One-way dysthymics cope is by venting (complaining). I tell my clients to vent by writing it out by keeping a journal. That’s not as toxic to those around you, but if you’ve got a listener who cares about you enough, and you’re willing to listen to their complaints as well, go ahead and let it rip aloud.

Well anyway, it’s the tail end of July and it’s central Florida. Its hotter than the dickens–and humid too. Today’s high, as with every day now, will be 94-97. And today I will complain about the heat. And the universe will send me August and more heat to complain about. And the pollen too. It’s that yellow green scum on your windshield in the morning, and it makes you sneeze and your eyes itch. Is anybody listening? Will anybody listen? Probably not. They will likely be complaining as too.

But wait, there’s more!

This past weekend my thoughts on complaining were reinforced by a message from Pastor Shaddy at Lake Mary Church. His first sermon in a new series called “My Big Fat Mouth” was titled “Complaining.”

How fortuitous! He gave various biblical examples but the one that stuck with me the most was from Exodus. After escaping Egypt and witnessing numerous miracles, the Israelites are wandering in the wilderness heading in the general direction of The Promised Land. But not content with their freedom, and free manna to boot, they start complaining about being led into the desert just to perish. Well, Moses hears them, and God hears them too, and the result for this generation of ingrates is they get to wander for 40 years. Only Aaron and Joshua from that generation get to enter the land of milk and honey.

Pastor Shaddy’s point was that when you complain, the bottom line is you are really complaining about God. He’s ultimately in control and He has a good plan for us whether we can see it or not.

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Becoming Children

What did Jesus mean when he said if you don’t receive the Kingdom of God as a little child you will not enter in? (Mark 10:15). That cryptic statement is reiterated similarly in the gospels of both Matthew and Luke. There has been plenty of commentary about it over the centuries. The usual interpretation has to do with the humility and innocence of children being some kind of prerequisite to entering Heaven or The Kingdom.

As with many things Jesus said, there are plenty of interpretations. For me, one of the disconcerting things about scripture is that we often don’t know what the speaker or writer meant. There is usually a lot of wiggle room. But then there’s a school of thought that believes if we just read it in the original Greek or Hebrew and then cross reference it with other scriptures we can figure it out. Maybe, sometimes. But for me Jesus’ statement about children defies interpretation–but perhaps I’m overthinking it.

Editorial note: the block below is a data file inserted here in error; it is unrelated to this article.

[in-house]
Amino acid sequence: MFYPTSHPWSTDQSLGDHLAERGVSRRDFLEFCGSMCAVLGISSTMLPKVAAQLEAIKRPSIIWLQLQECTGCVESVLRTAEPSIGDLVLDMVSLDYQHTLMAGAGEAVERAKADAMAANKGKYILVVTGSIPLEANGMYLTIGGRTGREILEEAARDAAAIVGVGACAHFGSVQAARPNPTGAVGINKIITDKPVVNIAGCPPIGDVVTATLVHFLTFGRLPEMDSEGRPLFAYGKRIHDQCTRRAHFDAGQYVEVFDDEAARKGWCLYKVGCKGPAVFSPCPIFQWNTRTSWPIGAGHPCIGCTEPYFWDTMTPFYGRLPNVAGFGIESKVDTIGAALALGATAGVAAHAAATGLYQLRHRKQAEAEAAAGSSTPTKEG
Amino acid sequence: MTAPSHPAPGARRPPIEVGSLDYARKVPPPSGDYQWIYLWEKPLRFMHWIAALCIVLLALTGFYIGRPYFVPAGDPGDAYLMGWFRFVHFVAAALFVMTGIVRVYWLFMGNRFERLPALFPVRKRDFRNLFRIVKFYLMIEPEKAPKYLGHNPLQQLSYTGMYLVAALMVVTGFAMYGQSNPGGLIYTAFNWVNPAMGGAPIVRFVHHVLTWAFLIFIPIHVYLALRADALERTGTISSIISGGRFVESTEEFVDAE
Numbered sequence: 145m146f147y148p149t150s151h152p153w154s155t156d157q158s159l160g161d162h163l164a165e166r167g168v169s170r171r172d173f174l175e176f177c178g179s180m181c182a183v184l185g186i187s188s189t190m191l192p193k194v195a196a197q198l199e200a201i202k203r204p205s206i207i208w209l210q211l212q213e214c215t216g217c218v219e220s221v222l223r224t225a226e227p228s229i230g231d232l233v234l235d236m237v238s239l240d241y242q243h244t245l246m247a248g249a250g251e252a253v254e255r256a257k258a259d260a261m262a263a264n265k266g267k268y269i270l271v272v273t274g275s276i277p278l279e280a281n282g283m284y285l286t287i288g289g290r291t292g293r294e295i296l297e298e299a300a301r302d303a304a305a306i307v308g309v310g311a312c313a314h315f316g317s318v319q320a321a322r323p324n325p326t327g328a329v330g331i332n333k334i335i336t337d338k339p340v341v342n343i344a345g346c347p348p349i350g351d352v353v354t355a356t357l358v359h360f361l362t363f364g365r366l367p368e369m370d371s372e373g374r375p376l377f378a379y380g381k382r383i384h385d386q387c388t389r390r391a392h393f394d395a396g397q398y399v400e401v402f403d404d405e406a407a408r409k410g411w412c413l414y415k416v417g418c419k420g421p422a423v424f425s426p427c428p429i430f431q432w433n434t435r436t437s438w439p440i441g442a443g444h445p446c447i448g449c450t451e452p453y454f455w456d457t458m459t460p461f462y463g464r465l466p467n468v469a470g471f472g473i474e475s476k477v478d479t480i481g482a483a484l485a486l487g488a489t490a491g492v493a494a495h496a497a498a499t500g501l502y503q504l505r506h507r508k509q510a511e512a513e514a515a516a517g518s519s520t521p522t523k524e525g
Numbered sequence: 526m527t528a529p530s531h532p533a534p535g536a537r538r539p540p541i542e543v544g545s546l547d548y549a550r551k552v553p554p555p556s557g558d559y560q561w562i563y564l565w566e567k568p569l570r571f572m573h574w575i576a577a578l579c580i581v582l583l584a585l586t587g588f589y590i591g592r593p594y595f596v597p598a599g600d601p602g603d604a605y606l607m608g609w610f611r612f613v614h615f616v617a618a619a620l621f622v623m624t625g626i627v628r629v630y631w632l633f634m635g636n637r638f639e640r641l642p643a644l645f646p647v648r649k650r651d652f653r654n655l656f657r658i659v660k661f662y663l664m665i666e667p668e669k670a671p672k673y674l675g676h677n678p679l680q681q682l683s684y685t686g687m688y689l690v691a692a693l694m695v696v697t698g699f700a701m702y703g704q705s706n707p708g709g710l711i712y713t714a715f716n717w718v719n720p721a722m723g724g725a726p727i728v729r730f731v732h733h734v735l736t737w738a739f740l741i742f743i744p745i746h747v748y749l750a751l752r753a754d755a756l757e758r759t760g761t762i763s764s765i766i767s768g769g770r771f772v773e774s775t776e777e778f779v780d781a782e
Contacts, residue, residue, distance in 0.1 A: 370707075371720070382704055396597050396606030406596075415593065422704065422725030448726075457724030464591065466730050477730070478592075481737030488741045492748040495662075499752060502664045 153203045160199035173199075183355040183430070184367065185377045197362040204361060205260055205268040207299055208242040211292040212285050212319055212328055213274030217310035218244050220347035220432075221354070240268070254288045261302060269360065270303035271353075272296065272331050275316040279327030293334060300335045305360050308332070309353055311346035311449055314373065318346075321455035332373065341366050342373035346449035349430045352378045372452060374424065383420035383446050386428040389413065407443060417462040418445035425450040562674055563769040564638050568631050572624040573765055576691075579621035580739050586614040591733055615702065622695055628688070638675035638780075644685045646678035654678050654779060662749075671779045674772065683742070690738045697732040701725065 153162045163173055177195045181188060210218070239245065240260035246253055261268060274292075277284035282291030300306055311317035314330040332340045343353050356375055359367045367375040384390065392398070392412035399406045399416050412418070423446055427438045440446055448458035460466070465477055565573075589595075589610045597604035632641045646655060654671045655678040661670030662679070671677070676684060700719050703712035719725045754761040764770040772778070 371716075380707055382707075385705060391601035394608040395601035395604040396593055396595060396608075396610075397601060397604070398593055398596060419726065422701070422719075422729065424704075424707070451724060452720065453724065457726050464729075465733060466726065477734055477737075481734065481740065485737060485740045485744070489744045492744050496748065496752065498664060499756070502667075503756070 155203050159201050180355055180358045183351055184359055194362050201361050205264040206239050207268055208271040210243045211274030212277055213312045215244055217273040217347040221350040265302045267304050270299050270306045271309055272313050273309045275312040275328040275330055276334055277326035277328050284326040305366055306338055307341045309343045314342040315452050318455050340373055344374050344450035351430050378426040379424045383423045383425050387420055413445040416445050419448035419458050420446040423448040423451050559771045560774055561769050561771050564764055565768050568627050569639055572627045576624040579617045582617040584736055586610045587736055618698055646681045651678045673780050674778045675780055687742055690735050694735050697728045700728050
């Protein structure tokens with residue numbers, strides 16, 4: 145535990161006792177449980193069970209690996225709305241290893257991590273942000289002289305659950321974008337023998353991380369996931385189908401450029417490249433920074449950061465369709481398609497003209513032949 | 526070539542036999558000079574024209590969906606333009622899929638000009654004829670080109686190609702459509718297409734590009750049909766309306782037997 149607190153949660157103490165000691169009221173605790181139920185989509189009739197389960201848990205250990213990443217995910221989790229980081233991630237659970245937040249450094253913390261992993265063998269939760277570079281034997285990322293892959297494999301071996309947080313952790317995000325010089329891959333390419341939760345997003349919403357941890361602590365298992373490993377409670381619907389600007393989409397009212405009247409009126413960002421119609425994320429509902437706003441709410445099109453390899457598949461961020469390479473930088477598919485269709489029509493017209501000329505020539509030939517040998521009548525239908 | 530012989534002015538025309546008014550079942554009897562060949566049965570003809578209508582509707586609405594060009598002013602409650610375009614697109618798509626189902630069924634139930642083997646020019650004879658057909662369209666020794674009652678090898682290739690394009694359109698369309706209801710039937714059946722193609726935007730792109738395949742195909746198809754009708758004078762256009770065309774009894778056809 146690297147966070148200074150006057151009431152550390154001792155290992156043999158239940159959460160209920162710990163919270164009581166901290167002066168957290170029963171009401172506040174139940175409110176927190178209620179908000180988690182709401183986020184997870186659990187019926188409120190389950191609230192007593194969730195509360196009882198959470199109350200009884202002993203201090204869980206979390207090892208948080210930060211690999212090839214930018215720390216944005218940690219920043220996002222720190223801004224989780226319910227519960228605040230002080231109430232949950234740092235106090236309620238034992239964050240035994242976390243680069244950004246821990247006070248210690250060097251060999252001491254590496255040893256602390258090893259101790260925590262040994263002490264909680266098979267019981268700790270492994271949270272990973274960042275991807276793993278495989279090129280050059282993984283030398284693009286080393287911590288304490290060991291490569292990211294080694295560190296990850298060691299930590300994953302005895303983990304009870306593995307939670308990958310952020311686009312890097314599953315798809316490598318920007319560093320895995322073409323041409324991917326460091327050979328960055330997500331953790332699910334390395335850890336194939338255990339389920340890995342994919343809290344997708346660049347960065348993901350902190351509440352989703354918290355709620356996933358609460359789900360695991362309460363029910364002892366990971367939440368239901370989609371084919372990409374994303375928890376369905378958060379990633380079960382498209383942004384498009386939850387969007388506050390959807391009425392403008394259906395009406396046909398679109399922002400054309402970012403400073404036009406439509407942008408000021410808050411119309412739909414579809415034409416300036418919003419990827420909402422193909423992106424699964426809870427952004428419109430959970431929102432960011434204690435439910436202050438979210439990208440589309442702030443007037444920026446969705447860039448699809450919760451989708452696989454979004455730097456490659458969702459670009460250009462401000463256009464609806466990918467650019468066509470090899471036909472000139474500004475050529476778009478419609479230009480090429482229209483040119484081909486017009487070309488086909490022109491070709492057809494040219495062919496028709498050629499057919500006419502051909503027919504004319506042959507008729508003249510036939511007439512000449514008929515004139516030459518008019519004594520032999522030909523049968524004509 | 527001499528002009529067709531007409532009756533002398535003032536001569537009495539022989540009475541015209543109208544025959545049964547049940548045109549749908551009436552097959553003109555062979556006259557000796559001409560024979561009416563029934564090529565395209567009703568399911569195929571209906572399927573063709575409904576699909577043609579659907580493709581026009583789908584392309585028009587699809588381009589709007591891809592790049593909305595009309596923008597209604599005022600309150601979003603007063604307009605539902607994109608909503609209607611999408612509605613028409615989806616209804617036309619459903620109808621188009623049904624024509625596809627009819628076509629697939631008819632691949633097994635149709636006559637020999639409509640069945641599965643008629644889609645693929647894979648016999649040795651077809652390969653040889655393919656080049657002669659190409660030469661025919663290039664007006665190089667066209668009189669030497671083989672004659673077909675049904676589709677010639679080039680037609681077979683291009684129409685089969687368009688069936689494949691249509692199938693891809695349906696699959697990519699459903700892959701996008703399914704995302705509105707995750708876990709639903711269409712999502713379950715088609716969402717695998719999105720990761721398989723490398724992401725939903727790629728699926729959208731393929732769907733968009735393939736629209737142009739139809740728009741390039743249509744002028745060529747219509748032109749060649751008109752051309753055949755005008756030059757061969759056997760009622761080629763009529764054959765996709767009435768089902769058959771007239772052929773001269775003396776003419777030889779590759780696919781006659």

I recall some statement Brennan Manning made to the effect that children weren’t innocent, they were incompetent. I tend to lean that way. We are all needy. We are all the poor in spirit of the Beatitudes (Matt. 5:3). We bring nothing to the table as far as meriting Grace, and we mostly are all imbeciles when it comes to understanding God and His economy. And I think accepting our “poverty” sets us on the right track as far as becoming like a child.


I am a therapist–or as an old counselor friend of mine used to say, a “Psycho-therapist.” I have worked in mental health for over 50 years in various settings. I started my career in the late-60s working for the state of Illinois in their Zone Center system. The unit I worked on at Singer Zone Center was called Family Management. We worked with kids and parents both in the community and as inpatients. Our therapeutic approach was behavior modification. We had a smidgen of training in family systems therapy, but we were mostly behavioral. That went along well with my academic background which was almost totally experimental and behavioral.

At that time, I was in my mid to late-20s and knew next to nothing about people or real life. The kids we worked with were to me nothing more than behavior problems that the right program could solve. Sad to say, I really didn’t see them as human beings.

I worked on the Family Management Unit for nearly five years. Then I quit the state system and ventured to Florida. My longest job here was nearly 14 years working at a community mental health center. Much of my caseload was kids, but I really preferred counseling adults. When I went into private practice in 1987, I continued to work with kids. Close to 50% of my cases were kids. It was my bread and butter. My later contractual work was through an organization called “Our Children First.” Mostly, I did evaluations of kids in foster care.